Concussion Education

Content provided by Holland Bloorview Kids Rehabilitation Hospital

What is a concussion?

A concussion is a brain injury that can affect how your brain works. Concussions may happen because of a hit to the head, face, neck or somewhere else on the body. When a hit takes place, the brain moves back and forth inside the skull. If it moves hard enough, the brain can become injured. This can make your brain and body work and feel different.

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How can I tell if I’ve had a concussion?

Everyone’s concussion experience is different and not everyone reacts the same way. Signs and symptoms related to concussion can be grouped into four main categories: Physical, Cognitive and Mental, Emotional/Behavioural and Sleep (see image below for examples of each). For some people, recovery from a concussion is quick, and for others, the road to recovery is longer. It’s hard to predict how long a concussion will last.

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So I’ve had a concussion: What do I do?

When you’ve had a concussion, it’s important for you to immediately:

1. Stop studying, working or playing

2. See your doctor for help

3. Rest your brain and body

You and your doctor or healthcare team member need to work together to help you get better from your concussion. They will help you slowly go back to studying, working or playing. Keep in mind – to get better you need PHYSICAL & MENTAL rest. Taking steps to conserve energy, get enough sleep, relax, eat the right food and plan return to school or activities, will help you to conserve energy and manage your concussion.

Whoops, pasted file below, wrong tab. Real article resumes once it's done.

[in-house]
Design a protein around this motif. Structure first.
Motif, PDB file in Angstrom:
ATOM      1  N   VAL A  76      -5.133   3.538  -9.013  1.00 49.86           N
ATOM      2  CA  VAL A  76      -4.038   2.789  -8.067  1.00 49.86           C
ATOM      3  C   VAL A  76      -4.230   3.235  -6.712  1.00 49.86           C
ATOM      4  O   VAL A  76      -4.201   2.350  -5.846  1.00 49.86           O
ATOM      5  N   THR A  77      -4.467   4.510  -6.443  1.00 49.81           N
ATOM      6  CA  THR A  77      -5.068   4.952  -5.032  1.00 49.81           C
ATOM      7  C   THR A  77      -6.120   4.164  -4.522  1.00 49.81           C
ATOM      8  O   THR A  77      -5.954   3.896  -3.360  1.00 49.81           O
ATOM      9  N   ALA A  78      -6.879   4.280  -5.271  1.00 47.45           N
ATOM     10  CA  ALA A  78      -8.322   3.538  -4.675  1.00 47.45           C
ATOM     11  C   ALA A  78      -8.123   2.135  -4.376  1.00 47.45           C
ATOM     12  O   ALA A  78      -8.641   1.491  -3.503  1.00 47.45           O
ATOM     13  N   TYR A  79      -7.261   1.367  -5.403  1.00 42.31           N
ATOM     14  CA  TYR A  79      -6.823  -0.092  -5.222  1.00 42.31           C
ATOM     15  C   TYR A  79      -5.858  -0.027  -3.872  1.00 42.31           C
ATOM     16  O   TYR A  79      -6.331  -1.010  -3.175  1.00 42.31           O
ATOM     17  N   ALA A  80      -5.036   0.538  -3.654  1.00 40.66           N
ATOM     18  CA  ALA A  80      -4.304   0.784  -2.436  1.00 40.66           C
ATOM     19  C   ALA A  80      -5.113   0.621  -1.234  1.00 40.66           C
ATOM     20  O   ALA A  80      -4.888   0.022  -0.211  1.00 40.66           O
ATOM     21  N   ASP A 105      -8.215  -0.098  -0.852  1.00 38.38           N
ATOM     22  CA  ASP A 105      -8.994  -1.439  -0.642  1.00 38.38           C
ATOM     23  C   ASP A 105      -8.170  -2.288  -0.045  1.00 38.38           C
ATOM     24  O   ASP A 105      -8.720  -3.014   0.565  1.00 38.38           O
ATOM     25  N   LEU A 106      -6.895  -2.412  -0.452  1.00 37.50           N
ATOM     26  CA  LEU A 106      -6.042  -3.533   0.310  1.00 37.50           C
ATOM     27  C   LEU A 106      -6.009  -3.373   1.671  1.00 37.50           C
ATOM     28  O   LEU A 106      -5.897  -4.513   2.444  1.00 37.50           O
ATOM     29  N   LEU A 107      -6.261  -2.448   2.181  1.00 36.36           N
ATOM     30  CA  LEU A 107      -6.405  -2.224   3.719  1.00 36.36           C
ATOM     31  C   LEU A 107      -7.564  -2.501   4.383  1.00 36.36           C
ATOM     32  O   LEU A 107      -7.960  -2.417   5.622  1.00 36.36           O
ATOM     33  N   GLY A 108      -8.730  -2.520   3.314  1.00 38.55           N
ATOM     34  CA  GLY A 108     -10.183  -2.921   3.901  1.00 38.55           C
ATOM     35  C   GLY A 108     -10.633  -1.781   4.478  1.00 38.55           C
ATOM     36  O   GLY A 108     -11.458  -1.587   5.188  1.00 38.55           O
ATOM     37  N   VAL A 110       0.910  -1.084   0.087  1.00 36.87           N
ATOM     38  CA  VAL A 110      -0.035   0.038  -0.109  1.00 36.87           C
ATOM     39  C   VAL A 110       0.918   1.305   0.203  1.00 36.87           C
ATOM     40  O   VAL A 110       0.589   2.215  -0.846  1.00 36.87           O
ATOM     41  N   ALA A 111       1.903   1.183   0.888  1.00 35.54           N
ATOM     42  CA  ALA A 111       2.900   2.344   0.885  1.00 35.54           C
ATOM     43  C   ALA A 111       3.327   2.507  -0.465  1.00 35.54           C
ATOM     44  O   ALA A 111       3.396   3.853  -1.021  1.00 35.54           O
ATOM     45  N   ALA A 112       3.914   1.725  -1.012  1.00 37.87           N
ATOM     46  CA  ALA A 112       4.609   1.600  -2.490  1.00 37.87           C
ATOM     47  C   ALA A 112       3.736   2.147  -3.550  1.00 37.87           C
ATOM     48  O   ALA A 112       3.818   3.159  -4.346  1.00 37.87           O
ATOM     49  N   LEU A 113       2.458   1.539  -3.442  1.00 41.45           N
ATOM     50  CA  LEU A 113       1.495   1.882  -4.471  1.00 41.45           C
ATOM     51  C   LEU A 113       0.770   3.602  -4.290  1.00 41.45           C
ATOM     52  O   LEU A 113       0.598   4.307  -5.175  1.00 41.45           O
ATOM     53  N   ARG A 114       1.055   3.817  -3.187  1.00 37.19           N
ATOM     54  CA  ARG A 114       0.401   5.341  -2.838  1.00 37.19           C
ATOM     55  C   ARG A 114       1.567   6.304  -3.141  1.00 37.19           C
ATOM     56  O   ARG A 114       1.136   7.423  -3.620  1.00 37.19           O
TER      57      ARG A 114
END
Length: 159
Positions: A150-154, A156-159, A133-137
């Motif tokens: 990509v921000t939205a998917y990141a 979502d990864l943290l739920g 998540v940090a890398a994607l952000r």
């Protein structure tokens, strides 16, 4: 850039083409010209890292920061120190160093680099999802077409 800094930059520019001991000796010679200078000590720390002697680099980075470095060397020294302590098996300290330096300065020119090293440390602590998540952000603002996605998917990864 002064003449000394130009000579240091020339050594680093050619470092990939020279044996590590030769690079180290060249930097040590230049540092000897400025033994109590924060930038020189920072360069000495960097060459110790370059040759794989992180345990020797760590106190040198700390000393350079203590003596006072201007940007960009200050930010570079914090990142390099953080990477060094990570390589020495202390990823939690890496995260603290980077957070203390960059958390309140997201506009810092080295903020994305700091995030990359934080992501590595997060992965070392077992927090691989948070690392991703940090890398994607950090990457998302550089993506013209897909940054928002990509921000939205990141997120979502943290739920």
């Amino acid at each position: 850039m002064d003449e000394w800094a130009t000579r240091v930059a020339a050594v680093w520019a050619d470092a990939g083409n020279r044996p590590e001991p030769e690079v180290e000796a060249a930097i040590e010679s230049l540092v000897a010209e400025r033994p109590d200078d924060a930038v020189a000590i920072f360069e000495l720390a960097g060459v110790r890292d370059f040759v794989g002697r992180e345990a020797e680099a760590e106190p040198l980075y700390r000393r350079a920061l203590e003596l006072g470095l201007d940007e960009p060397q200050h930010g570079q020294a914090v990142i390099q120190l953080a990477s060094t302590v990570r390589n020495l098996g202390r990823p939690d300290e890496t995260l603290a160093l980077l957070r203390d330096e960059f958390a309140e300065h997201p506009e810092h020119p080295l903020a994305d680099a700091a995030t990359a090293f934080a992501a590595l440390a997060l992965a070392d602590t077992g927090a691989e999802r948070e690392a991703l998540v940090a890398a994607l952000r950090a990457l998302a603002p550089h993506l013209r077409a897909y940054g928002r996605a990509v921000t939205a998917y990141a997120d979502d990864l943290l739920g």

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Concussions 101

Video: Concussions 101, a Primer for Kids and Parents: Dr. Mike Evans

Content provided by Holland Bloorview Kids Rehabilitation Hospital

How to manage your concussion

The concussion recovery timeline

Everyone’s timeline for concussion recovery is a bit different, but there are some general rules that will help you return to regular life safely.

Using the sleep, energy conservation, relaxation and nutrition strategies from the beginning of your recovery process will provide you with the tools and skills necessary to let your brain recover, and make it easier to begin reintegration into school and then sport.

Holland Bloorview recommends that you successfully return to school without post-concussion symptoms before you move on to returning to sport. This will reduce your chances of re-injury by moving you through the stages of lower risk to higher risk activities in the right order.

Conserving your energy

How do I conserve energy?

You can conserve your energy by using the “Four P’s” – Prioritize, Plan, Pace and Position. The diagram below explains the Four P’s.


Sleep tips during concussion recovery

How do I improve my sleep?

After you’ve had a concussion, getting enough and good quality sleep is one way to help your brain recover so you can return to your daily life and go back to the activities you want or need to participate in.


Helpful resources during concussion recovery

NOTE: All resources and education pieces pertaining to concussions are helpful, however, the GTHL asks all participants reviewing additional resources to ensure the League GTHL Concussion Policy and Return to Play protocol takes precedent. 

Coaches Association of Ontario – Rowan’s Law Concussion Toolkit
This Toolkit provides Ontario Coaches with the relevant tools and materials to support the use of consistent concussion protocols across all sport settings. It is aligned with the Canadian Guideline on Concussion in Sport and Rowan’s Law.

Concussion Recognition Tool 5 (

Holland Bloorview Kids Rehabilitation Hospital – Return to Sport and School Resources

Concussion services at Holland Bloorview Kids Rehabilitation Hospital: